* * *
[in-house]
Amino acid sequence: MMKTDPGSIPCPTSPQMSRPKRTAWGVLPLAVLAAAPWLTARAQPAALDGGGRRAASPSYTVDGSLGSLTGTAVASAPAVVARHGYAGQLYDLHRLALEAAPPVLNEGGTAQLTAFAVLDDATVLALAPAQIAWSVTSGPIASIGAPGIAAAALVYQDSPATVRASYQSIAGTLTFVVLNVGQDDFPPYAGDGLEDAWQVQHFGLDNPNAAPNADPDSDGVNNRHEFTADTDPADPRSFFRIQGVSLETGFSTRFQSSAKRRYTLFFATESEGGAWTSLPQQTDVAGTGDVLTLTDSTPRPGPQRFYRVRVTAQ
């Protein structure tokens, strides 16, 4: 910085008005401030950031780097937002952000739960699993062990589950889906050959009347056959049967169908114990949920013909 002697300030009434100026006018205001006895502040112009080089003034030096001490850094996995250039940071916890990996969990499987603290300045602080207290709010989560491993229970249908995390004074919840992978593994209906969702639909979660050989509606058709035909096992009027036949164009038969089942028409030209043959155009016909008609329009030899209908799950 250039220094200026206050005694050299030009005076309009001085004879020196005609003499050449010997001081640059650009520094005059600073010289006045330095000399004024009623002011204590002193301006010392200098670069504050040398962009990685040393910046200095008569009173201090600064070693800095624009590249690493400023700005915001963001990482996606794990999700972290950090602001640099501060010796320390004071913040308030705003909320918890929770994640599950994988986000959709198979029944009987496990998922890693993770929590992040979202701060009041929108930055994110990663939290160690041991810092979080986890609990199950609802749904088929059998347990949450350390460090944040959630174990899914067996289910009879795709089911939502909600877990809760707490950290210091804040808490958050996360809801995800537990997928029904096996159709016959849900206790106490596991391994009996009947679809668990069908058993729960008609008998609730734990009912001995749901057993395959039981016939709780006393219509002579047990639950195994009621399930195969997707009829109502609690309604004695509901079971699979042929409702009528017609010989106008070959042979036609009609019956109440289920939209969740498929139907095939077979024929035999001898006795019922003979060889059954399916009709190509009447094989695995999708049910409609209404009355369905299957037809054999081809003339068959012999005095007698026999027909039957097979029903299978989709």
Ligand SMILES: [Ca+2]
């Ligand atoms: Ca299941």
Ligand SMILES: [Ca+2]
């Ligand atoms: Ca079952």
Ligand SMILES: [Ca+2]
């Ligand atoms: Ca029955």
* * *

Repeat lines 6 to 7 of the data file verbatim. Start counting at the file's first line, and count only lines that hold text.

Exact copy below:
Ligand SMILES: [Ca+2]
């Ligand atoms: Ca079952």